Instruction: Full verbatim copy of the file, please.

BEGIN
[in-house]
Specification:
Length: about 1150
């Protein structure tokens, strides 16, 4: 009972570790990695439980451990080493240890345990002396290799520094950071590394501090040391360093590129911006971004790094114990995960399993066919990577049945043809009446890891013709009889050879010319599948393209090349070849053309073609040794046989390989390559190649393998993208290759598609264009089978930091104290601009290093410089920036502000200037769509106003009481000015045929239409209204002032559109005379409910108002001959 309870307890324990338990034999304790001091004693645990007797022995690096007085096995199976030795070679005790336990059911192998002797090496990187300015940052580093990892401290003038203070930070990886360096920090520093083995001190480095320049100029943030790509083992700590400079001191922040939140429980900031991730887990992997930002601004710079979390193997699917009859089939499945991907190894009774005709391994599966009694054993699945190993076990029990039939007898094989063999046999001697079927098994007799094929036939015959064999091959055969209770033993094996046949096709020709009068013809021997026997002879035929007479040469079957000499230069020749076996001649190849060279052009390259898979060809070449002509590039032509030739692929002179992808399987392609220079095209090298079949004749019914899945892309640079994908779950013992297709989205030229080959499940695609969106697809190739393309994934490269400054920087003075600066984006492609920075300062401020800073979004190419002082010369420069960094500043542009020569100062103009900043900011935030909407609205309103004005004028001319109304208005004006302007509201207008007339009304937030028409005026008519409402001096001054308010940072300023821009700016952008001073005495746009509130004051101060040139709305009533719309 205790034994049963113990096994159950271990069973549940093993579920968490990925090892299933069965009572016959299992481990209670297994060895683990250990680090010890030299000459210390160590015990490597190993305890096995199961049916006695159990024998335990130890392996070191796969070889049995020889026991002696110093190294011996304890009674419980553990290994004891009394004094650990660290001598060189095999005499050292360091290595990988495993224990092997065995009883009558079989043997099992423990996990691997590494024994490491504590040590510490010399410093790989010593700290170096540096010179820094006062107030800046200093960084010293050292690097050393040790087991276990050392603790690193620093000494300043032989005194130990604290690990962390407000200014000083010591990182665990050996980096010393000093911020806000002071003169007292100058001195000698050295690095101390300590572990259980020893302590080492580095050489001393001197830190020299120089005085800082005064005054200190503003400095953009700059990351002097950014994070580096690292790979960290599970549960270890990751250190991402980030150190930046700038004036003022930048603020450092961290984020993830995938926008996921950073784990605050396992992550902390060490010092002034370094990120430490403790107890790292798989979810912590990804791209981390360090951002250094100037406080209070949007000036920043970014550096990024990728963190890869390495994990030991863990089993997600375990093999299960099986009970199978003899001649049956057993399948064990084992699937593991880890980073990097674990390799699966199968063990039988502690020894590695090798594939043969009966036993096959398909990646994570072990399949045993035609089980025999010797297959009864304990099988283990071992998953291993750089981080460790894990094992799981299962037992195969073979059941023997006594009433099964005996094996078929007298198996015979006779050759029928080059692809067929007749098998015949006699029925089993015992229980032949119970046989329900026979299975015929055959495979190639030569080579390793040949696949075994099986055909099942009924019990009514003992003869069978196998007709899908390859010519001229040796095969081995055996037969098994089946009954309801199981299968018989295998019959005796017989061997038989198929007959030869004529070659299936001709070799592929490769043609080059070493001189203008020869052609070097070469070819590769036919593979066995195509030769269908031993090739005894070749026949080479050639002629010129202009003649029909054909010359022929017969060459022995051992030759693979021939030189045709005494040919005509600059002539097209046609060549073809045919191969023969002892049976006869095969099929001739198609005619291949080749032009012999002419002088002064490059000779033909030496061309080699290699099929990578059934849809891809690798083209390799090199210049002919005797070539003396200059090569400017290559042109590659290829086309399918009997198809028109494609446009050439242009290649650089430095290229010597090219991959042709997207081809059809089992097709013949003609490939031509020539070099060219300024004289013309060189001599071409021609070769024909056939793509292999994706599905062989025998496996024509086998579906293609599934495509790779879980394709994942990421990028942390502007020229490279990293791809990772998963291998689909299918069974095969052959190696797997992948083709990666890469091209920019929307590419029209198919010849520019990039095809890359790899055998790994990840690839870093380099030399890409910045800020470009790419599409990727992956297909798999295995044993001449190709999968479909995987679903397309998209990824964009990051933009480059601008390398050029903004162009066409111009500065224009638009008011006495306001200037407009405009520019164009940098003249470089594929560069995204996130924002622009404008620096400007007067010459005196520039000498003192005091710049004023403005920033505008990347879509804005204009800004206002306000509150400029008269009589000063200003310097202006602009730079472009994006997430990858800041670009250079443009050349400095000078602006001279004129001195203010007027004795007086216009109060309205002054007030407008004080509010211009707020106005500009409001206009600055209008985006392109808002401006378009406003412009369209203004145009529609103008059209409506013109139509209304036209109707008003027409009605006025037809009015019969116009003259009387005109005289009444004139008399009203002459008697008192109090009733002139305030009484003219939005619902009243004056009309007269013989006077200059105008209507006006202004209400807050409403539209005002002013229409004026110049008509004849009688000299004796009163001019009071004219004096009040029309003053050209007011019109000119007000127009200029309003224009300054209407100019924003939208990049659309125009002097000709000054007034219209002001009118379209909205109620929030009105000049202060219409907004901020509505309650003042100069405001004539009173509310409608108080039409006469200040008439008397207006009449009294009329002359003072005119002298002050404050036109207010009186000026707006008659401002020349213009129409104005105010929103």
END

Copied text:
[in-house]
Specification:
Length: about 1150
């Protein structure tokens, strides 16, 4: 009972570790990695439980451990080493240890345990002396290799520094950071590394501090040391360093590129911006971004790094114990995960399993066919990577049945043809009446890891013709009889050879010319599948393209090349070849053309073609040794046989390989390559190649393998993208290759598609264009089978930091104290601009290093410089920036502000200037769509106003009481000015045929239409209204002032559109005379409910108002001959 309870307890324990338990034999304790001091004693645990007797022995690096007085096995199976030795070679005790336990059911192998002797090496990187300015940052580093990892401290003038203070930070990886360096920090520093083995001190480095320049100029943030790509083992700590400079001191922040939140429980900031991730887990992997930002601004710079979390193997699917009859089939499945991907190894009774005709391994599966009694054993699945190993076990029990039939007898094989063999046999001697079927098994007799094929036939015959064999091959055969209770033993094996046949096709020709009068013809021997026997002879035929007479040469079957000499230069020749076996001649190849060279052009390259898979060809070449002509590039032509030739692929002179992808399987392609220079095209090298079949004749019914899945892309640079994908779950013992297709989205030229080959499940695609969106697809190739393309994934490269400054920087003075600066984006492609920075300062401020800073979004190419002082010369420069960094500043542009020569100062103009900043900011935030909407609205309103004005004028001319109304208005004006302007509201207008007339009304937030028409005026008519409402001096001054308010940072300023821009700016952008001073005495746009509130004051101060040139709305009533719309 205790034994049963113990096994159950271990069973549940093993579920968490990925090892299933069965009572016959299992481990209670297994060895683990250990680090010890030299000459210390160590015990490597190993305890096995199961049916006695159990024998335990130890392996070191796969070889049995020889026991002696110093190294011996304890009674419980553990290994004891009394004094650990660290001598060189095999005499050292360091290595990988495993224990092997065995009883009558079989043997099992423990996990691997590494024994490491504590040590510490010399410093790989010593700290170096540096010179820094006062107030800046200093960084010293050292690097050393040790087991276990050392603790690193620093000494300043032989005194130990604290690990962390407000200014000083010591990182665990050996980096010393000093911020806000002071003169007292100058001195000698050295690095101390300590572990259980020893302590080492580095050489001393001197830190020299120089005085800082005064005054200190503003400095953009700059990351002097950014994070580096690292790979960290599970549960270890990751250190991402980030150190930046700038004036003022930048603020450092961290984020993830995938926008996921950073784990605050396992992550902390060490010092002034370094990120430490403790107890790292798989979810912590990804791209981390360090951002250094100037406080209070949007000036920043970014550096990024990728963190890869390495994990030991863990089993997600375990093999299960099986009970199978003899001649049956057993399948064990084992699937593991880890980073990097674990390799699966199968063990039988502690020894590695090798594939043969009966036993096959398909990646994570072990399949045993035609089980025999010797297959009864304990099988283990071992998953291993750089981080460790894990094992799981299962037992195969073979059941023997006594009433099964005996094996078929007298198996015979006779050759029928080059692809067929007749098998015949006699029925089993015992229980032949119970046989329900026979299975015929055959495979190639030569080579390793040949696949075994099986055909099942009924019990009514003992003869069978196998007709899908390859010519001229040796095969081995055996037969098994089946009954309801199981299968018989295998019959005796017989061997038989198929007959030869004529070659299936001709070799592929490769043609080059070493001189203008020869052609070097070469070819590769036919593979066995195509030769269908031993090739005894070749026949080479050639002629010129202009003649029909054909010359022929017969060459022995051992030759693979021939030189045709005494040919005509600059002539097209046609060549073809045919191969023969002892049976006869095969099929001739198609005619291949080749032009012999002419002088002064490059000779033909030496061309080699290699099929990578059934849809891809690798083209390799090199210049002919005797070539003396200059090569400017290559042109590659290829086309399918009997198809028109494609446009050439242009290649650089430095290229010597090219991959042709997207081809059809089992097709013949003609490939031509020539070099060219300024004289013309060189001599071409021609070769024909056939793509292999994706599905062989025998496996024509086998579906293609599934495509790779879980394709994942990421990028942390502007020229490279990293791809990772998963291998689909299918069974095969052959190696797997992948083709990666890469091209920019929307590419029209198919010849520019990039095809890359790899055998790994990840690839870093380099030399890409910045800020470009790419599409990727992956297909798999295995044993001449190709999968479909995987679903397309998209990824964009990051933009480059601008390398050029903004162009066409111009500065224009638009008011006495306001200037407009405009520019164009940098003249470089594929560069995204996130924002622009404008620096400007007067010459005196520039000498003192005091710049004023403005920033505008990347879509804005204009800004206002306000509150400029008269009589000063200003310097202006602009730079472009994006997430990858800041670009250079443009050349400095000078602006001279004129001195203010007027004795007086216009109060309205002054007030407008004080509010211009707020106005500009409001206009600055209008985006392109808002401006378009406003412009369209203004145009529609103008059209409506013109139509209304036209109707008003027409009605006025037809009015019969116009003259009387005109005289009444004139008399009203002459008697008192109090009733002139305030009484003219939005619902009243004056009309007269013989006077200059105008209507006006202004209400807050409403539209005002002013229409004026110049008509004849009688000299004796009163001019009071004219004096009040029309003053050209007011019109000119007000127009200029309003224009300054209407100019924003939208990049659309125009002097000709000054007034219209002001009118379209909205109620929030009105000049202060219409907004901020509505309650003042100069405001004539009173509310409608108080039409006469200040008439008397207006009449009294009329002359003072005119002298002050404050036109207010009186000026707006008659401002020349213009129409104005105010929103």